Racists and racialists were quick to attack this conclusion. If Lewontin’s result was true, it threatened to break down the very edifice on which scientific racism stood. The founding principle of scientific racism is the idea that there are reliable and causal genetic differences between human races. Several of the assaults against Lewontin’s science were motivated and rationalized by his Marxist critique of science and society. However, it was much harder to dismiss Roychoudhury and Nei, as well as the avalanche of papers that followed using other forms of genetic markers (restriction fragment length polymorphisms, DNA sequencing) reaching the same conclusions.
In 1978, Sewall Wright published a monumental tome covering his thinking in evolutionary genetics. Volume four concerned itself with variability within and among natural populations. In his chapter entitled “Racial Differentiation in Mankind,” it is notable that he still used the term race to describe the “major divisions” of mankind (negroids, caucasoids, and mongoloids), even while citing Nei and Roychoudhury (but not Lewontin) concerning the greater genetic variability within these groups than between them. Even more amazing was how throughout the chapter he adhered to the notion of major racial distinction, while he presented all the arguments for why such distinctions were not real!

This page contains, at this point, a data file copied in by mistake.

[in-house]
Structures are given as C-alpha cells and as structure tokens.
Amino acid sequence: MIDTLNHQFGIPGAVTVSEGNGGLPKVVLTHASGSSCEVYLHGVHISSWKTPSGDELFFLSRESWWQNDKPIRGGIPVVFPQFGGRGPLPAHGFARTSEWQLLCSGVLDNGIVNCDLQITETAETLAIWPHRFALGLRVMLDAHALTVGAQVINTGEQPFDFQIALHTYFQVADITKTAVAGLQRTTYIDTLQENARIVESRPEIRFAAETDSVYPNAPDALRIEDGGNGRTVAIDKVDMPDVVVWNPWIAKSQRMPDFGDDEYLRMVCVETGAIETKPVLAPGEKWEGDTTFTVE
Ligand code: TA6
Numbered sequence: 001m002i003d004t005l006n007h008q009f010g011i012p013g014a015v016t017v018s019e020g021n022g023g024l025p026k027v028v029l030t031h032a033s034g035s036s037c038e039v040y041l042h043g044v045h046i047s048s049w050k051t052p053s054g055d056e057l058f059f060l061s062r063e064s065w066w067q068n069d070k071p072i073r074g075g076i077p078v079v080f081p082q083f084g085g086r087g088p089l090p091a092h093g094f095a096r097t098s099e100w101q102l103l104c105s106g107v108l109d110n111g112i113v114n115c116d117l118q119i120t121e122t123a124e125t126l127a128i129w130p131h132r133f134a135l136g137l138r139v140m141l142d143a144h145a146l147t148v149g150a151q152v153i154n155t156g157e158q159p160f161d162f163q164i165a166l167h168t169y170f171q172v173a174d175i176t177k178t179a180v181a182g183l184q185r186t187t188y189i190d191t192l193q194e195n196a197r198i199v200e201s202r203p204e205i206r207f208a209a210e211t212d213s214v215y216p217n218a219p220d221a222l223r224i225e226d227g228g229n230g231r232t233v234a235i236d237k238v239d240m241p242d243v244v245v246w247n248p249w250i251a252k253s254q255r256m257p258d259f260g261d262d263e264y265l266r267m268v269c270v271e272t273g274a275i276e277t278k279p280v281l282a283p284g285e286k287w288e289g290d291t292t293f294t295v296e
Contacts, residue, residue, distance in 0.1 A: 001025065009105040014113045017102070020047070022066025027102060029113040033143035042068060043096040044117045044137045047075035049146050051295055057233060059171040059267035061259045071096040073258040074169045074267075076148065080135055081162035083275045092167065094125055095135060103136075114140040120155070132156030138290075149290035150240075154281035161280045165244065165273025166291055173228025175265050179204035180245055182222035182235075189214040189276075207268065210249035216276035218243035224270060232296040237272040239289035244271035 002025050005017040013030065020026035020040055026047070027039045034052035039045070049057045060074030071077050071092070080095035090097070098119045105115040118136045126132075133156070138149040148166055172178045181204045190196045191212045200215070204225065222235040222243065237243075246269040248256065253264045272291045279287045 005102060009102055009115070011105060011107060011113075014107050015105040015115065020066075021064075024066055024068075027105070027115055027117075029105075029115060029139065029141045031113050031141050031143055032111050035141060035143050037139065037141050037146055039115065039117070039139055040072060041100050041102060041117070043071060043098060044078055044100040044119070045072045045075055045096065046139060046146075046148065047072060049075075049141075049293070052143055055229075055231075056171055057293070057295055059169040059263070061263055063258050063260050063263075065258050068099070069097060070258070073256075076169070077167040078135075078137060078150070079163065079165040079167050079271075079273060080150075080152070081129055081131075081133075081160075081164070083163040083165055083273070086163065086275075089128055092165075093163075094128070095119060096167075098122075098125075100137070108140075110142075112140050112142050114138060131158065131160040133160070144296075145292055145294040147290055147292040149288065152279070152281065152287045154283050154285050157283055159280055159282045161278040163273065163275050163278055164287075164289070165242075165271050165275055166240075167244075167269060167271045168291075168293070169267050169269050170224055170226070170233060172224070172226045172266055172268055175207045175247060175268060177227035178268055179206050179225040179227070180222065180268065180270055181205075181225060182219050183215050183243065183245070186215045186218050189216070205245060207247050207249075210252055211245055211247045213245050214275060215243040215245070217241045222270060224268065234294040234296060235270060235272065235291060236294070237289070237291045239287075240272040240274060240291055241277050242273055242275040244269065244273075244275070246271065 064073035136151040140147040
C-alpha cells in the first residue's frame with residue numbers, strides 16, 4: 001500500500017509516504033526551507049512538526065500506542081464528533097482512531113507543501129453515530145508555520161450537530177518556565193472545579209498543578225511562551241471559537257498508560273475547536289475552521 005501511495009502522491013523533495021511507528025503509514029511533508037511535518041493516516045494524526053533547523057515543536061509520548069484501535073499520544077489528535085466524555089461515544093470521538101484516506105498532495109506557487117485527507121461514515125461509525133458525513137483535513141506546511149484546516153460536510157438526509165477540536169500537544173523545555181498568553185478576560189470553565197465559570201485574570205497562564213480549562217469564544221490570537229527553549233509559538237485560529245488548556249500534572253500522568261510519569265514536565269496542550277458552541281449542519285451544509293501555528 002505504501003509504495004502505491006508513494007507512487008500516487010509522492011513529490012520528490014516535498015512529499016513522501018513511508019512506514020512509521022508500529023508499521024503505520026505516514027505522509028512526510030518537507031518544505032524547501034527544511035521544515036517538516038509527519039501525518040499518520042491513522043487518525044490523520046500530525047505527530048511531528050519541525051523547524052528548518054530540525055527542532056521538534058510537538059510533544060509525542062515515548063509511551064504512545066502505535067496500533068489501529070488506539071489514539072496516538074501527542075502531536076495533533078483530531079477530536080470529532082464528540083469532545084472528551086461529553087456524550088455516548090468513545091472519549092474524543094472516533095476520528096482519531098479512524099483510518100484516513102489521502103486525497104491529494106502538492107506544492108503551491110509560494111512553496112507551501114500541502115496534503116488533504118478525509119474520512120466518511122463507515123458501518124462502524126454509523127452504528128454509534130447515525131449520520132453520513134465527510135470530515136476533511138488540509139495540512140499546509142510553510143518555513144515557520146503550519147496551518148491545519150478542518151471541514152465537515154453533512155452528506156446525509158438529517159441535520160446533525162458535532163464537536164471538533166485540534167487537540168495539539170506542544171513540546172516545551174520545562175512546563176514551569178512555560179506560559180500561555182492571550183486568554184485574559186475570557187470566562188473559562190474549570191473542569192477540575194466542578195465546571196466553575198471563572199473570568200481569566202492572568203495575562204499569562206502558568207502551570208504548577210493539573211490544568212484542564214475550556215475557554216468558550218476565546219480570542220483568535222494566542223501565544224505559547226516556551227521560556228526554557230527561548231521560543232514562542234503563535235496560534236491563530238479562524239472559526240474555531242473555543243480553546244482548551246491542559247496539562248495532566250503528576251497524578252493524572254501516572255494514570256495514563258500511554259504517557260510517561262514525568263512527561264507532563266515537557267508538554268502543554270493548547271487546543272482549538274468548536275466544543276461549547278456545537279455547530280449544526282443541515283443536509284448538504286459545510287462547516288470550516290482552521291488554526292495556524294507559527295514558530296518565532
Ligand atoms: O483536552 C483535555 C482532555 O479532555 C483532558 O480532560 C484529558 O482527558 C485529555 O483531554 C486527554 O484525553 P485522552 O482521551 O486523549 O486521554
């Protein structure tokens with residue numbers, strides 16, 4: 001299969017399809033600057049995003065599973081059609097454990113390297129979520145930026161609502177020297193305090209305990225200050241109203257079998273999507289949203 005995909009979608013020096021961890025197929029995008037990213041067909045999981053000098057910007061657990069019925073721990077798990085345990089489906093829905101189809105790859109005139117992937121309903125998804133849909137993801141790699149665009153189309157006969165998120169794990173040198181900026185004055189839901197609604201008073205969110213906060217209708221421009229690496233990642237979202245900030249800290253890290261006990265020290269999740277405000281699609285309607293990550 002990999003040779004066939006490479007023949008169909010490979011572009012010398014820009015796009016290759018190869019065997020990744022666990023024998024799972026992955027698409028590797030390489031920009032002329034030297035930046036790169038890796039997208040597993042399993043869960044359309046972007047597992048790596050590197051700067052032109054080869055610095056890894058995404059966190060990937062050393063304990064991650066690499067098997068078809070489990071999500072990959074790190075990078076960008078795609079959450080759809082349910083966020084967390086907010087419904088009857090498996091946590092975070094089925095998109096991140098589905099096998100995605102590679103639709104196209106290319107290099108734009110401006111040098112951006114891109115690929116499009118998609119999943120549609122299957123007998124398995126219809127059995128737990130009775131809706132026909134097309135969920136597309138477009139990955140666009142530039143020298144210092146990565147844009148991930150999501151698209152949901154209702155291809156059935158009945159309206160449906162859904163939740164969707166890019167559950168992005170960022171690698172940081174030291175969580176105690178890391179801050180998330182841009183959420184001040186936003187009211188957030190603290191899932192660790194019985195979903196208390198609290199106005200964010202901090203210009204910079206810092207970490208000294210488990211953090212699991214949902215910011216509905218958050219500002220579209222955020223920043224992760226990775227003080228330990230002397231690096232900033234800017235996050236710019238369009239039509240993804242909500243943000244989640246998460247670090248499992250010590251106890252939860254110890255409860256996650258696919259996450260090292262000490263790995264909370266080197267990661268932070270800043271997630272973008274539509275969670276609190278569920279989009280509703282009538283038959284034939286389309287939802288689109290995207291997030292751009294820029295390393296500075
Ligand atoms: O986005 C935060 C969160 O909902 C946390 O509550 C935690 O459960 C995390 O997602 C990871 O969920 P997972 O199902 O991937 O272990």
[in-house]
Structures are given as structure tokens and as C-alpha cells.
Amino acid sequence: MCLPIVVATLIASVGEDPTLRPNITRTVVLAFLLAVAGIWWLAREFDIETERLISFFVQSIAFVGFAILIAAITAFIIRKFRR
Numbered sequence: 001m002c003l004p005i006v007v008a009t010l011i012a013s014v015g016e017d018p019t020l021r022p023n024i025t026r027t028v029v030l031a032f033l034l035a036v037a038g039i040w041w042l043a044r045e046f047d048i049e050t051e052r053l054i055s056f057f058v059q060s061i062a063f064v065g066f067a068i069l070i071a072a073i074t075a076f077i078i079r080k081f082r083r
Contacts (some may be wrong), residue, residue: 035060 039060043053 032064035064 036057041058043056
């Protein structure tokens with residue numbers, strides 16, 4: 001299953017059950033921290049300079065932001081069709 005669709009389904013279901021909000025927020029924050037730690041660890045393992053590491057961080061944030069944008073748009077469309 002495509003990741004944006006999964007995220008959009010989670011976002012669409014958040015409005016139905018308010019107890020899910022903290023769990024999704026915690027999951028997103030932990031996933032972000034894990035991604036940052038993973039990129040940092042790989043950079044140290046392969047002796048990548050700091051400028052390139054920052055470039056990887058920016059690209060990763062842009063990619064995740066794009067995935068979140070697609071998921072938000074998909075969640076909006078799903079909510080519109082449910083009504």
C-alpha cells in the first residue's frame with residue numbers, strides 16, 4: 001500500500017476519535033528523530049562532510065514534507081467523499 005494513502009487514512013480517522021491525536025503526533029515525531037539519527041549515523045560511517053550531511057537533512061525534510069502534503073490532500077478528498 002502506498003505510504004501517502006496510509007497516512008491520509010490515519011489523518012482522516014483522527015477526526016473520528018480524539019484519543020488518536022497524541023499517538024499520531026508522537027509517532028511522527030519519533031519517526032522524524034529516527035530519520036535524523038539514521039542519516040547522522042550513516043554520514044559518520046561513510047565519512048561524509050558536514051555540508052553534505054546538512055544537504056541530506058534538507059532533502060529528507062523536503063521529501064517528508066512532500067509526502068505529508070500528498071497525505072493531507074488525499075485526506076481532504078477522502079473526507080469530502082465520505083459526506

In 2006, I found myself joining a group of scholars defending the nonexistence of biological races within our species. The assault on this fact was organized around Lewontin’s methods. It began with a publication by A. W. F. Edwards (a student of the eugenicist, R. A. Fisher) in 2003. This was followed by an op-ed piece in The New York Times by Dr. Armand Leroi on March 14, 2005. In this piece, Leroi argued that the concept of “race as a social construct” was unraveling due to new results examining the genetic diversity of human populations. He hitched much of his argument on the deliberations discussed in a scientific conference I actually attended. In my response to Edwards and Leroi, I pointed out that the conference had not come to that conclusion at all.
More importantly, I also addressed the fallacies contained within the assault on Lewontin. Edwards argued that Lewontin’s result (that there is more genetic variation at a given locus within populations than there is between them) was irrelevant because if one examined enough genetic variants an individual’s ancestry could be assigned to a given population. Of course, Edwards was just stating the obvious, that there is geographically-based genetic variation within the human species. However, the fact of such variation is not proof of the existence of biological races within our species. Thus as Lewontin pointed out in 1972, while the variation within and between populations is determined by evolutionary forces, in order to identify them one still requires a valid definition of biological race. If one accepts modern definitions of this, which include the amount of genetic variation within and between groups, as well as whether any group can be shown to be a unique evolutionary lineage, then our species does not have biological races.